The Cognitive Dissonance of Being Top of the League
Those early years condition you. I don’t remember having a “Eureka!” moment with football, but the first season that I fully consciously remember voraciously consuming the game was the 1980/81 season. I’d started going to non-league matches at Enfield a couple of years earlier with my dad, and they had a run to the Fourth Round of the FA Cup that season, and to top it all off Spurs won the FA Cup. The following year, Spurs did it again, and Enfield. who won the FA Trophy at Wembley the previous week. By this time, I was starting to consider Spurs winning the FA Cup and Enfield winning trophies to be naturally occurring substances, much as I also considered concrete to be at the time. It turned out I was wrong on both counts.
Those days are a long time ago, now. We ended up in Hertfordshire, in a school where Spurs were probably still the most popular team, but where I had to also mingle, for the first time, with Arsenal supporters. There were also, of course, Manchester United and Liverpool supporters, a surprisingly high number of West Ham supporters and quite a few who supported Watford or Luton Town. We co-existed reasonably peacefully. Then, as now, I was something of a football nomad. I went to Spurs, to Enfield, to watch St Albans City, the nearest team of any standing to where I lived. As the 1980s wore on, my grandparents – the reason my family continued to go to North London every Saturday – died off. The world of my upbringing started to slowly fade from view, as though in a rear-view mirror.
But in terms of Big Top Super Six football, that’s where my bias continues to rest, and after forty years I enjoy Spurs’ successes – I know, I know – from a distance, I shake my head and laugh when they mess up (which they very frequently do), and I’m disengaged enough to not get particularly angry when they lose. I’m just not that type of person. I enjoy football, in all of its weird and wonderful ways. If I have a real love, it’s non-league football, but I live a long distance from Enfield or St Albans these days, and I’ve moved around sufficiently as an adult not have formed any new bonds, either.
I’ve got two boys now, aged five and three, and herding those two particular cats anywhere is an operation requiring forward planning and precise execution, neither of which are particularly strong qualities of mine. Holding their attention to an entire football match is a job worthy of Taskmaster, involving a mixture of bribery (food and drinks), wandering round the ground in circles and, if possible, sitting down for the second half. They’re a lot of work. For all of that, though, we’ve been to see Worthing play, as well as Southwick and Lewes. But hasn’t been more than ten times a season.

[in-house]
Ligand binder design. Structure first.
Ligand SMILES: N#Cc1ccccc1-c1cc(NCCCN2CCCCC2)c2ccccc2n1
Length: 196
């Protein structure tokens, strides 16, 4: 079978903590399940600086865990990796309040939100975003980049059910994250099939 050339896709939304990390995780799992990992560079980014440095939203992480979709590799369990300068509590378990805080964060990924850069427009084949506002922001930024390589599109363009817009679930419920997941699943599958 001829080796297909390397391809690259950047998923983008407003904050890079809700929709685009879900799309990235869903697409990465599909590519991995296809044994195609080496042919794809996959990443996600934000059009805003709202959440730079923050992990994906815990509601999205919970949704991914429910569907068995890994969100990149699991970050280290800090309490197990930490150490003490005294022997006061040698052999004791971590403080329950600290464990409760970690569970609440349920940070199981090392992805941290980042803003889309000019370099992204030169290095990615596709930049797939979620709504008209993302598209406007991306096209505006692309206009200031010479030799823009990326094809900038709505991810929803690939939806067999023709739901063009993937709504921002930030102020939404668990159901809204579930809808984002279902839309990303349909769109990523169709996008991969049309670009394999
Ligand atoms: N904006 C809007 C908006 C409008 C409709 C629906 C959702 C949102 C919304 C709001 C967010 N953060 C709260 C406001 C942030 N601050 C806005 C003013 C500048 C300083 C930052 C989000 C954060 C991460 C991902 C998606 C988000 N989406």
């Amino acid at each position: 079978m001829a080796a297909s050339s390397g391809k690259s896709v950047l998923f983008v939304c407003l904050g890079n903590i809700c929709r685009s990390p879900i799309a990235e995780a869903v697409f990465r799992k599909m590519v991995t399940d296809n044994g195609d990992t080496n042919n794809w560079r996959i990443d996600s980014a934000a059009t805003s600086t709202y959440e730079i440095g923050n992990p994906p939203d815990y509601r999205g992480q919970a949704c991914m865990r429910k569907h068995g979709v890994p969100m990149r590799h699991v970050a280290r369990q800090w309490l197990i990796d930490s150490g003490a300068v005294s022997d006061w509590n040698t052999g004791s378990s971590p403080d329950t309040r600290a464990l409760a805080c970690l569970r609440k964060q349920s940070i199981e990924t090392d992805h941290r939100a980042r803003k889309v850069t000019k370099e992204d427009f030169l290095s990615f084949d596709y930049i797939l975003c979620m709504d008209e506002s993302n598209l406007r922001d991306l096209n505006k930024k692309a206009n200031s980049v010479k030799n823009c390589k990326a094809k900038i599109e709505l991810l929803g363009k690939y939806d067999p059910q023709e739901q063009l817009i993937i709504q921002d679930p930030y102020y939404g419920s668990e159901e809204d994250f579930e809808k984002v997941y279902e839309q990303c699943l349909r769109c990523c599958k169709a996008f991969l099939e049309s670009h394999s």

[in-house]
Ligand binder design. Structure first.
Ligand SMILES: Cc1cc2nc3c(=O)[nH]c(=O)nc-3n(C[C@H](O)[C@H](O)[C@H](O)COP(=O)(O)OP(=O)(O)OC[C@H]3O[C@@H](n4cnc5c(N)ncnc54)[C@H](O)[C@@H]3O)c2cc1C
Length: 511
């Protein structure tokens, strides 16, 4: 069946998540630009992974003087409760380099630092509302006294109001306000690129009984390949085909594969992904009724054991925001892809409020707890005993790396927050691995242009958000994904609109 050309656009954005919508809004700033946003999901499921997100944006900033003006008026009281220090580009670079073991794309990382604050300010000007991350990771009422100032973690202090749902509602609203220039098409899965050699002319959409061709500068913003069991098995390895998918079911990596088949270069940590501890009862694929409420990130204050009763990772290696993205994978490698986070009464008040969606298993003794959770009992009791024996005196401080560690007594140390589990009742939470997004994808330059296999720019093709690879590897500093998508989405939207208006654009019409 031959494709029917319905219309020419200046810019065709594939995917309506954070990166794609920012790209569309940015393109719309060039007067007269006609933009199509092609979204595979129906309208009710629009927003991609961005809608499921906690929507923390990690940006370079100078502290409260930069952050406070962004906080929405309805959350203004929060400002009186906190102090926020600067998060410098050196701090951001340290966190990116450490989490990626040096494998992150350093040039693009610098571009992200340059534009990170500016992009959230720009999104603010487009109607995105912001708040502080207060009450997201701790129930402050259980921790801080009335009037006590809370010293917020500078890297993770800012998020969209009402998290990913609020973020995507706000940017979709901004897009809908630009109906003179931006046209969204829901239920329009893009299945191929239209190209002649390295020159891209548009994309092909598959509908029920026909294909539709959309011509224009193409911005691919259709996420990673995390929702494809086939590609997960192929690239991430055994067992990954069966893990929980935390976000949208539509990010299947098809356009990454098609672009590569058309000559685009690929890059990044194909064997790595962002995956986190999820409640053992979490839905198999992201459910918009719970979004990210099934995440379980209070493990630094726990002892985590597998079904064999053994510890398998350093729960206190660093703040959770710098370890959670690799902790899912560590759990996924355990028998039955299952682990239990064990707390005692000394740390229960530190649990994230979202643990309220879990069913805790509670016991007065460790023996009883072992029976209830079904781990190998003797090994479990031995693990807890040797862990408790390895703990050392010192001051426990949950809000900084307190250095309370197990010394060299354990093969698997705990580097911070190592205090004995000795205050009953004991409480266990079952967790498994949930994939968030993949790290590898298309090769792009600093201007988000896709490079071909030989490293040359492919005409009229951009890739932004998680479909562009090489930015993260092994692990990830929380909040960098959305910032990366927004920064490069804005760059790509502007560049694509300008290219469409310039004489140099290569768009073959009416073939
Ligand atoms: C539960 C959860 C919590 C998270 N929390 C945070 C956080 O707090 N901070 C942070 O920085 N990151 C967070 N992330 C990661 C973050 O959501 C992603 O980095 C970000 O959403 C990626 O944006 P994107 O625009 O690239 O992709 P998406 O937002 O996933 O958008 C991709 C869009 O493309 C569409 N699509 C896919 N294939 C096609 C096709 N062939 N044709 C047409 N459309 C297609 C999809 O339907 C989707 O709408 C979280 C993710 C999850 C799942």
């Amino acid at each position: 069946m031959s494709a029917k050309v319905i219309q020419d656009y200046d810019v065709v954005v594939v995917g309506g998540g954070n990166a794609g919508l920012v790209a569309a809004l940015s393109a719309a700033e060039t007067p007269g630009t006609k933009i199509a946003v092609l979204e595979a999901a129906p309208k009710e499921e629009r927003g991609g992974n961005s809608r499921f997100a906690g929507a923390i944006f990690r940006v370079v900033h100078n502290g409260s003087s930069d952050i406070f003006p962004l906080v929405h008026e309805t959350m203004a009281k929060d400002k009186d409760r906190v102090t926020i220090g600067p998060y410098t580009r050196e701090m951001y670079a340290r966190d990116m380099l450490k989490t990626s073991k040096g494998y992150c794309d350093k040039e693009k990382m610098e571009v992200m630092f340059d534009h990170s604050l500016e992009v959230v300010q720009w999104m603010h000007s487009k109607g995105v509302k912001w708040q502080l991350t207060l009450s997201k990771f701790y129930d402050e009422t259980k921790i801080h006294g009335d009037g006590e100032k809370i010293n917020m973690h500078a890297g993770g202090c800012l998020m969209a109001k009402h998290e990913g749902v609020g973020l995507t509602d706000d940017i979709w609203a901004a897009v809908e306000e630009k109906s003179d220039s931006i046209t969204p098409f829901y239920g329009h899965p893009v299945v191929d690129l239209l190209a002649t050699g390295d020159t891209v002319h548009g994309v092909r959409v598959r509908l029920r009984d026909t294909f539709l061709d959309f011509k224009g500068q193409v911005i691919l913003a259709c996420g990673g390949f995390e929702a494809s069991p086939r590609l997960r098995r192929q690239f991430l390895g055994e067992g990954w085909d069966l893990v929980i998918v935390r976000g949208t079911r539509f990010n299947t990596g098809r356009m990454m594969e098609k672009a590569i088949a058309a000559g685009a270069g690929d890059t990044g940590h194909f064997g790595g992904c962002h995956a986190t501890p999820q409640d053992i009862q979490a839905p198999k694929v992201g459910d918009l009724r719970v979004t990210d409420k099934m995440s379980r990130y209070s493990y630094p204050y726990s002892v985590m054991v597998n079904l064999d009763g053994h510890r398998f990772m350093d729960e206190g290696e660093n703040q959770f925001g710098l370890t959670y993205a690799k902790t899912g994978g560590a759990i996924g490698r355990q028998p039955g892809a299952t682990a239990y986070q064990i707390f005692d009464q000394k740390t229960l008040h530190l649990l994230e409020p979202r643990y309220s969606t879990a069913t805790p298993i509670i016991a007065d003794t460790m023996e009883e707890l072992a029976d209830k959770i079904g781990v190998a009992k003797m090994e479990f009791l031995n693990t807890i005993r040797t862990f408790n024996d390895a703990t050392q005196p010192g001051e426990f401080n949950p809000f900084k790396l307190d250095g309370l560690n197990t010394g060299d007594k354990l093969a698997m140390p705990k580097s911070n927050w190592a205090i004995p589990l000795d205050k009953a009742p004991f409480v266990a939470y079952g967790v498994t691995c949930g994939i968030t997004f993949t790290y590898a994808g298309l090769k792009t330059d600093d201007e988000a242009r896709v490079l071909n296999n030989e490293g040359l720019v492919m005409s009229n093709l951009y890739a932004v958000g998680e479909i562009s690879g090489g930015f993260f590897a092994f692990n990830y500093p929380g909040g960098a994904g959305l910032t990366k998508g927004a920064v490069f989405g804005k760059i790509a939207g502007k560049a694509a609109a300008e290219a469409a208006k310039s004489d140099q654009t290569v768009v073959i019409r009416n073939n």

So I’ve become an armchair viewer. I work from Monday to Friday, and on many Saturdays and Sundays I am sole child-caring. I have no issue with this but good intentions don’t make it any less work, and consequently the idea of going out in the cold and rain with my boys doesn’t often appeal to me. I can, however, watch any televised matches I want, and this has led to a revival of my interest in the fortunes of Tottenham Hotspur. I can see all of their matches – though no, I was not going to pay £15 to PPV them – and I still hold that attachment. It’s been semi-detached attachment over the years, but the flicker of a flame still resides within me.
But I hate everything about North London Derbies. They bring out the shittiest in people, whether online or if you’re at or around the match. The most poisonous atmosphere I ever encountered inside a football stadium was a match between Spurs and West Ham in 2008. Spurs won the match 4-0, but what sticks in the mind was the hissing sound coming from the away supporters, through a fence before the match. There were mounted police and dogs everywhere. I felt too old for it thirteen years ago, so I can guess how it would make me feel now.
Last week, however, I was pretty sanguine. In an age when conspiracy theories are flourishing, in the best interests of my mental health I have been doing my utmost to take things at face value, and Spurs have been broadly excellent. They’ve completed the transition from the team of 2016, which had to lose a couple of pieces, to the team of 2020. The football definitely isn’t particularly pretty, but the players are still good enough to make it look occasionally brilliant, whether wonderful individual moment or sweeping team-play.
In addition to this, Arsenal have been… bad, this season. They’d started okay, three wins from their first four games and the only defeat coming at Liverpool, but since then things have taken a turn for the worse for them. At the time of writing, they have taken just four points from their last seven matches. Goals have completely dried up – they’ve scored two in those seven games and the manager’s solution to this seems to be, “chuck in a floater!” (or, more accurately, “chuck in as many floaters as you can!”) Arsenal have scored ten goals all season in the Premier League – the lowest outside the bottom three.